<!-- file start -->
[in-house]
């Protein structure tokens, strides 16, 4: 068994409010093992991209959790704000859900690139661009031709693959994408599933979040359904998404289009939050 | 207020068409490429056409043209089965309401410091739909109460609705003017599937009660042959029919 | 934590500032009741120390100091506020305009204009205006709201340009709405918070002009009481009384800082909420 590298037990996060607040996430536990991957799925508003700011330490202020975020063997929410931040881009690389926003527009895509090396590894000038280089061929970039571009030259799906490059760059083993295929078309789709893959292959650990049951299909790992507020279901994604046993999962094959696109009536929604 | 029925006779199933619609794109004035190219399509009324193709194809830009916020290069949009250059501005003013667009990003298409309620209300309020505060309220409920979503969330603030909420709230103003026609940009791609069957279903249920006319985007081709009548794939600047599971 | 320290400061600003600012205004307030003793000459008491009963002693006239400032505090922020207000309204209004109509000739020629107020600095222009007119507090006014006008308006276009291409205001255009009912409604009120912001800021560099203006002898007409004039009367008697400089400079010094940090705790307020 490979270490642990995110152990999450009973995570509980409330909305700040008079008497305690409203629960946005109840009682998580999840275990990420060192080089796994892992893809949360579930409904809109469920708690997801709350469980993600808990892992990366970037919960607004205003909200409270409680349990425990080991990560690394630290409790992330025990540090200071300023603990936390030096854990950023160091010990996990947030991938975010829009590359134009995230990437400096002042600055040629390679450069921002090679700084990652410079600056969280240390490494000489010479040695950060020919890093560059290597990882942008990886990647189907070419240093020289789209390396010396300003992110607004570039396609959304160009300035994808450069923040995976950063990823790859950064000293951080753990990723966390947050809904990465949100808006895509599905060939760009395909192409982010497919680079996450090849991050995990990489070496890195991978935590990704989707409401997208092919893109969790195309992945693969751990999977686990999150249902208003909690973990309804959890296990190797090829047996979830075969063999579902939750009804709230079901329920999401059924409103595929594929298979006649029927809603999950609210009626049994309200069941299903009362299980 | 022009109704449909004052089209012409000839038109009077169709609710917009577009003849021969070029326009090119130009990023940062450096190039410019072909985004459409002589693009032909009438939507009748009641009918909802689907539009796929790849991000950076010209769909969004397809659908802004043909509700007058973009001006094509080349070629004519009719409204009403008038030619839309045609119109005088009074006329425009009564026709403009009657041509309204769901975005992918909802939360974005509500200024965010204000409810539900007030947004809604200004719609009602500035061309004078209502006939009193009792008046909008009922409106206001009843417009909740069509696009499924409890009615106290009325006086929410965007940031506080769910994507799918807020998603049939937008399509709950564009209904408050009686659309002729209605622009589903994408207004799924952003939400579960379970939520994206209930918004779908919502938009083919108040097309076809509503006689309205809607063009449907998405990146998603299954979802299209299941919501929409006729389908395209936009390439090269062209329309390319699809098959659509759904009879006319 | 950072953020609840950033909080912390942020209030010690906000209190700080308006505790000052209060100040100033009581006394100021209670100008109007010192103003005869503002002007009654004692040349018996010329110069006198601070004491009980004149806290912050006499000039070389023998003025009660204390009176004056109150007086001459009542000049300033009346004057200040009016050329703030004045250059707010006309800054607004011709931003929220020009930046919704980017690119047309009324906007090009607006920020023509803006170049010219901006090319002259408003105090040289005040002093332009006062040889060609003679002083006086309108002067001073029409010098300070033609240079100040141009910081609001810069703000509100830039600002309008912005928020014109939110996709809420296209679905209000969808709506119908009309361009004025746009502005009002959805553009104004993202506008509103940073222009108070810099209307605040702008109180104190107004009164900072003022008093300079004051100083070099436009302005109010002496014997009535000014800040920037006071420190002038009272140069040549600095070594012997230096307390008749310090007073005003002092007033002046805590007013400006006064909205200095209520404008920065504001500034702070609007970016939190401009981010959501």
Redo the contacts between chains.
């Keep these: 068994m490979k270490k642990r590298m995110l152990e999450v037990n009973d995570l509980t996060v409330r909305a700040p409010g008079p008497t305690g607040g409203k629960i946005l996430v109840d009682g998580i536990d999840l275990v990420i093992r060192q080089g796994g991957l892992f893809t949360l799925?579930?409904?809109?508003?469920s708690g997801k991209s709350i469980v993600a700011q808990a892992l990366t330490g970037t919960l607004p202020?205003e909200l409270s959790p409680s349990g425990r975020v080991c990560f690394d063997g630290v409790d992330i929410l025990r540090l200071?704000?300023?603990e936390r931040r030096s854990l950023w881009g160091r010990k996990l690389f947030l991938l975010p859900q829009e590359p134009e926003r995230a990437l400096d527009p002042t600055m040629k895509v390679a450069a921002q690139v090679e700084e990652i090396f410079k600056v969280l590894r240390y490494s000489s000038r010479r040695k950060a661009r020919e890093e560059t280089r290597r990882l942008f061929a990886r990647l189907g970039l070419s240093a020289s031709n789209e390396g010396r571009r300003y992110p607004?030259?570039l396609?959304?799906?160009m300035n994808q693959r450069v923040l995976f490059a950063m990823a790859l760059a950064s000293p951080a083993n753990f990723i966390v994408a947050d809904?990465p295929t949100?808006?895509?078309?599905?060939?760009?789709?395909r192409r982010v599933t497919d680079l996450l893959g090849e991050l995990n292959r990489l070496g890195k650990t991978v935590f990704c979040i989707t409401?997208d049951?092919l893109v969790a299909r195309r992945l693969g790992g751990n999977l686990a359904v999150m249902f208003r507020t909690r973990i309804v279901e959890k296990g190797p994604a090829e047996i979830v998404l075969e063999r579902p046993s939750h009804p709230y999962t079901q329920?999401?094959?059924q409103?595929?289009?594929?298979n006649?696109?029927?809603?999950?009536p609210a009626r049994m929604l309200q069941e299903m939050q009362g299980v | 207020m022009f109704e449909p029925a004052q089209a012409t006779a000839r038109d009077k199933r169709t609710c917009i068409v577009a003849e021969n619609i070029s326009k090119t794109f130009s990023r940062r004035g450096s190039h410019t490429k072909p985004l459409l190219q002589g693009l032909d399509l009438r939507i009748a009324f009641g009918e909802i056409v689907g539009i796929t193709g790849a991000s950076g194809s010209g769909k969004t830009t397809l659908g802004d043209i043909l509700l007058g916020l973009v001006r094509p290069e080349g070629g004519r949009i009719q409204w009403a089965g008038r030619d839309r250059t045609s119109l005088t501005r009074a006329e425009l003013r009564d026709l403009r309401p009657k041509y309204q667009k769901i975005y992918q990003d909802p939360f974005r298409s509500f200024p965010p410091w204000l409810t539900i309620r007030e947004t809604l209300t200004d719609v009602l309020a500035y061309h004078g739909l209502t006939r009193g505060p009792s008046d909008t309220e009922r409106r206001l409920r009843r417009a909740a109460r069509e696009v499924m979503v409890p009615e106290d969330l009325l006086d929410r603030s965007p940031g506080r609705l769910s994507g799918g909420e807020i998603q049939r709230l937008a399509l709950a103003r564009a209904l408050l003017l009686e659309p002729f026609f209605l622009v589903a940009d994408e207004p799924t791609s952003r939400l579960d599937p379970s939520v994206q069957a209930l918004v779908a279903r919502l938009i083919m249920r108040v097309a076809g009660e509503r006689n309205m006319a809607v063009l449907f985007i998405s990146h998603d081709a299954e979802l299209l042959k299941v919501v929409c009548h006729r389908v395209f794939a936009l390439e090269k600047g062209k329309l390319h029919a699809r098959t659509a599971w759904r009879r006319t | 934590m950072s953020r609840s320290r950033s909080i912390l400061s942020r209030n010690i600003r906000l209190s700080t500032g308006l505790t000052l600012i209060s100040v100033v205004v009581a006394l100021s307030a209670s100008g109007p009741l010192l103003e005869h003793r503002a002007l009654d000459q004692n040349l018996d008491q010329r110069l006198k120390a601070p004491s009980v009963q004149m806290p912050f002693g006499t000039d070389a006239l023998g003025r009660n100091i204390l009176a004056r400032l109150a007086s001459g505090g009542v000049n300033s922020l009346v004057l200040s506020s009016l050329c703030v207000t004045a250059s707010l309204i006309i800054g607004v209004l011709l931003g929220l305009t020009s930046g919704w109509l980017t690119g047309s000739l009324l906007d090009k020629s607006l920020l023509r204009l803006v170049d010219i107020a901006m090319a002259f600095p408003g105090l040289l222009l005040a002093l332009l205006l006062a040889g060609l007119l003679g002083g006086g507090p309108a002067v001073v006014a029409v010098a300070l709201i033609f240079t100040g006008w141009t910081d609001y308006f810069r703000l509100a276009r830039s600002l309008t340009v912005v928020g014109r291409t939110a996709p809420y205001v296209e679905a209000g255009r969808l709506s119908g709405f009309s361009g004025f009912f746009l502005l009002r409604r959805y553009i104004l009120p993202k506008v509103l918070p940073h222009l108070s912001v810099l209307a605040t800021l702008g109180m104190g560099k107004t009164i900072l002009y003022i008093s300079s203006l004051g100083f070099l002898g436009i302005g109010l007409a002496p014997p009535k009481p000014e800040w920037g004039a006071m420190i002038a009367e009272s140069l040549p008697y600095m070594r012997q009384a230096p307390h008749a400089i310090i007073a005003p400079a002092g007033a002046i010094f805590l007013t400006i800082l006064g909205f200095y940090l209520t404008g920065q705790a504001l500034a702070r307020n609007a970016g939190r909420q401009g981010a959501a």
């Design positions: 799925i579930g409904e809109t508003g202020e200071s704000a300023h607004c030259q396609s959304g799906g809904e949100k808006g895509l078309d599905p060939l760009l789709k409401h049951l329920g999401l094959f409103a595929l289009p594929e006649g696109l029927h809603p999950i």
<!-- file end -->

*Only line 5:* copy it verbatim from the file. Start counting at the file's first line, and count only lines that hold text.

């Design positions: 799925i579930g409904e809109t508003g202020e200071s704000a300023h607004c030259q396609s959304g799906g809904e949100k808006g895509l078309d599905p060939l760009l789709k409401h049951l329920g999401l094959f409103a595929l289009p594929e006649g696109l029927h809603p999950i």